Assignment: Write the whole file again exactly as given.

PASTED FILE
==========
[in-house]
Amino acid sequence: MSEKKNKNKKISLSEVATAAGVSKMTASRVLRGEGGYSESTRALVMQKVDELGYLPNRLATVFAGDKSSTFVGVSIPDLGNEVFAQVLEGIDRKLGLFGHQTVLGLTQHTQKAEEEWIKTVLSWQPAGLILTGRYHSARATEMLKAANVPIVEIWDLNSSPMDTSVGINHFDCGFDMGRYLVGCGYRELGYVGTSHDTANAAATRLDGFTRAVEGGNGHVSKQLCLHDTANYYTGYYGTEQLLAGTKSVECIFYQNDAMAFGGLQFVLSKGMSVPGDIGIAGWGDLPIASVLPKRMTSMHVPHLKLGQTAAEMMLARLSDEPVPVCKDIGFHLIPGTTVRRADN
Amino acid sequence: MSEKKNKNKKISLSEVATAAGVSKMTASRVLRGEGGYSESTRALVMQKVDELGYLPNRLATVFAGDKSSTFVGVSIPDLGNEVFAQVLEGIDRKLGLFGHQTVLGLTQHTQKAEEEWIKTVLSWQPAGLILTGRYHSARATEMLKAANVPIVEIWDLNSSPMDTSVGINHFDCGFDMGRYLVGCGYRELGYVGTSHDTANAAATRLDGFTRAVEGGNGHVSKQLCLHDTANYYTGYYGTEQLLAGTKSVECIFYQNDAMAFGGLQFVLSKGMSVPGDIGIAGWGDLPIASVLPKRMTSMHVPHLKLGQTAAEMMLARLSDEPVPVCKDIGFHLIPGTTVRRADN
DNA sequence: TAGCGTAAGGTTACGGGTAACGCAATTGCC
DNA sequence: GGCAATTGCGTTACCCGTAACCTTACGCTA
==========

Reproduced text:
[in-house]
Amino acid sequence: MSEKKNKNKKISLSEVATAAGVSKMTASRVLRGEGGYSESTRALVMQKVDELGYLPNRLATVFAGDKSSTFVGVSIPDLGNEVFAQVLEGIDRKLGLFGHQTVLGLTQHTQKAEEEWIKTVLSWQPAGLILTGRYHSARATEMLKAANVPIVEIWDLNSSPMDTSVGINHFDCGFDMGRYLVGCGYRELGYVGTSHDTANAAATRLDGFTRAVEGGNGHVSKQLCLHDTANYYTGYYGTEQLLAGTKSVECIFYQNDAMAFGGLQFVLSKGMSVPGDIGIAGWGDLPIASVLPKRMTSMHVPHLKLGQTAAEMMLARLSDEPVPVCKDIGFHLIPGTTVRRADN
Amino acid sequence: MSEKKNKNKKISLSEVATAAGVSKMTASRVLRGEGGYSESTRALVMQKVDELGYLPNRLATVFAGDKSSTFVGVSIPDLGNEVFAQVLEGIDRKLGLFGHQTVLGLTQHTQKAEEEWIKTVLSWQPAGLILTGRYHSARATEMLKAANVPIVEIWDLNSSPMDTSVGINHFDCGFDMGRYLVGCGYRELGYVGTSHDTANAAATRLDGFTRAVEGGNGHVSKQLCLHDTANYYTGYYGTEQLLAGTKSVECIFYQNDAMAFGGLQFVLSKGMSVPGDIGIAGWGDLPIASVLPKRMTSMHVPHLKLGQTAAEMMLARLSDEPVPVCKDIGFHLIPGTTVRRADN
DNA sequence: TAGCGTAAGGTTACGGGTAACGCAATTGCC
DNA sequence: GGCAATTGCGTTACCCGTAACCTTACGCTA